The Legacy of Paul Clarke

by Harriett Inskeep

The Community Foundation of Greater Fort Wayne is now celebrating its 100th anniversary. Philanthropy is a very serious business but it also captures the imagination and touches the heart. It is deeply connected to people and to research and to results, and it also provides  a “get up in the morning with a grin” kind of feeling.  It’s a selective process, tough decisions, hard choices, designated funding, not for the faint of heart. And when I think of philanthropy, I remember Paul Clarke.

Paul and his wife Helen came to Ft. Wayne in 1954 for his new role as the corporate attorney for North American Van Lines. Already in his fifties, Paul enjoyed the adventure and enthusiasm of a new job and a new city. He was an active participant in community affairs, holding leadership roles, and played a key role in the growth of his company. By 1970 Paul was ready for a new challenge. He retired from NAVL and took on the role of Executive Director of the Ft. Wayne Community Foundation, which he had previously served as board chairman. It was obvious that he brought enthusiasm and a sort of joyful expectation to this group, and he began to explore and to use his personal resources  for it. In 1971 Paul and Helen began their contributions to FWCF. When later Barbara Burt assumed, to his delight, the role of Executive Director, Paul stayed involved. He also recruited Joyce Schlatter as a volunteer grant advisor, one of his best ideas he would later say.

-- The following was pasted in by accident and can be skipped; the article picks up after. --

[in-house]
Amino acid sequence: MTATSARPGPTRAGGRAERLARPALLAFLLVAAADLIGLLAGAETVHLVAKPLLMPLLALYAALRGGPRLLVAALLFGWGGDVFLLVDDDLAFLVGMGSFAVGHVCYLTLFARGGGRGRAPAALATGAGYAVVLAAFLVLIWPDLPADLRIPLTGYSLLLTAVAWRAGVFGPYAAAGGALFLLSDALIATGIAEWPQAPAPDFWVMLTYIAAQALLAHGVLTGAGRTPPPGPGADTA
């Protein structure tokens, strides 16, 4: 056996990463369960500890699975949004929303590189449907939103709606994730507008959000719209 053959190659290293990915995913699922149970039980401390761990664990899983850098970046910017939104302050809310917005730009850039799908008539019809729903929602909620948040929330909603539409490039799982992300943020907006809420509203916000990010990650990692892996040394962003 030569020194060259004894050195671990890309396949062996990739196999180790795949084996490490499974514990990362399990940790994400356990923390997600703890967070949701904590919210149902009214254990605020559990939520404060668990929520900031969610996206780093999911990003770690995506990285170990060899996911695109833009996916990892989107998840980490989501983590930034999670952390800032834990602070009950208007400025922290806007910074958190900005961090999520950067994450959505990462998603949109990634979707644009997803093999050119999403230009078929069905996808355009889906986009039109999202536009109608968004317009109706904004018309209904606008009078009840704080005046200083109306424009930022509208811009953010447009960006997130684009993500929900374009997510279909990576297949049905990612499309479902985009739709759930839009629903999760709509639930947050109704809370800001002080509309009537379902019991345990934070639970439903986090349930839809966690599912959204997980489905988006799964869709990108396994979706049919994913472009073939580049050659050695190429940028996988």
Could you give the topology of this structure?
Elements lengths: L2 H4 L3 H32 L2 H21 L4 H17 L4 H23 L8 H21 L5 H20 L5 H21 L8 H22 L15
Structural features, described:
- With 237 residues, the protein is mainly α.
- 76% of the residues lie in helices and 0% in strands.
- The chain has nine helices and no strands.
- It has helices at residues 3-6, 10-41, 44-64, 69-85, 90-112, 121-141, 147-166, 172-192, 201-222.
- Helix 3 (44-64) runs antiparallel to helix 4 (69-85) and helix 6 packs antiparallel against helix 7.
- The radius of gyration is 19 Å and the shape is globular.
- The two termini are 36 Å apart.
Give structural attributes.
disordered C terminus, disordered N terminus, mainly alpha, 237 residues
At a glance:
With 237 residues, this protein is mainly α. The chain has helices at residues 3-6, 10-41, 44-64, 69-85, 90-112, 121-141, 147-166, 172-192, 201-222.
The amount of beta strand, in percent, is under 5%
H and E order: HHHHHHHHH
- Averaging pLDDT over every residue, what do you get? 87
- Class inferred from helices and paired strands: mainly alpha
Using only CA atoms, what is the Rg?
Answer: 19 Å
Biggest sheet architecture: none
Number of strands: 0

By the close of l99l Paul and Helen had donated over 8 million dollars to the FWCF for the Advised  Clarke Endowment Fund. He was considering another 8 million, but the Foundation could not accept more than 2 million of that without jeopardizing its public charity status (it would become the Clarke Foundation). And so, in 1992, Paul created a subsidiary foundation, the Paul Clarke Foundation, to operate for 15 years before its assets flowed in to the Clarke Endowment Fund. Philanthropy can get complicated!

At that point, in 1992, Paul arranged a meeting with me. He asked that I serve with him as co-advisor to the Clarke Endowment and as President and a board member of the Paul Clarke Foundation.   And thus began my close association with this man whom I grew to admire and to cherish.

Paul was such a character in so many ways. He had an elfin humor, an ironic wit, and a somewhat crusty outward appearance which could dissolve into a delightful ornery grin at any moment. He was also a man deeply committed to helping others and to making Fort Wayne a stronger more concerned city. He believed in the concept of charitable giving and thought the community foundation is the key to its effectiveness, that it has the ability to judge funding priorities.

Paul himself lived in a very modest way. And he was always gleeful when he got a bargain. His office space in his later years just delighted him.  Helen Keenan gave him a room in a little upstairs office next to the now-downtown Arby’s—and when that building was torn down, Ivan Lebamoff gave him a “deal”  on a 2nd floor space in the Macedonian Building. He also loved driving his little red sports car, and when he climbed into it, you felt the same youthfulness he must have felt.

Paul died in 1997 at the age of 96. His estate gave even more funds to the Clarke Endowment, and so the legacy he leaves will live on. It is my strongest wish that all of us—and the generations to come—will know that Paul Clarke made Ft. Wayne a better place just because he was here. He was a man whose life truly made a difference, really a one-of-a-kind guy.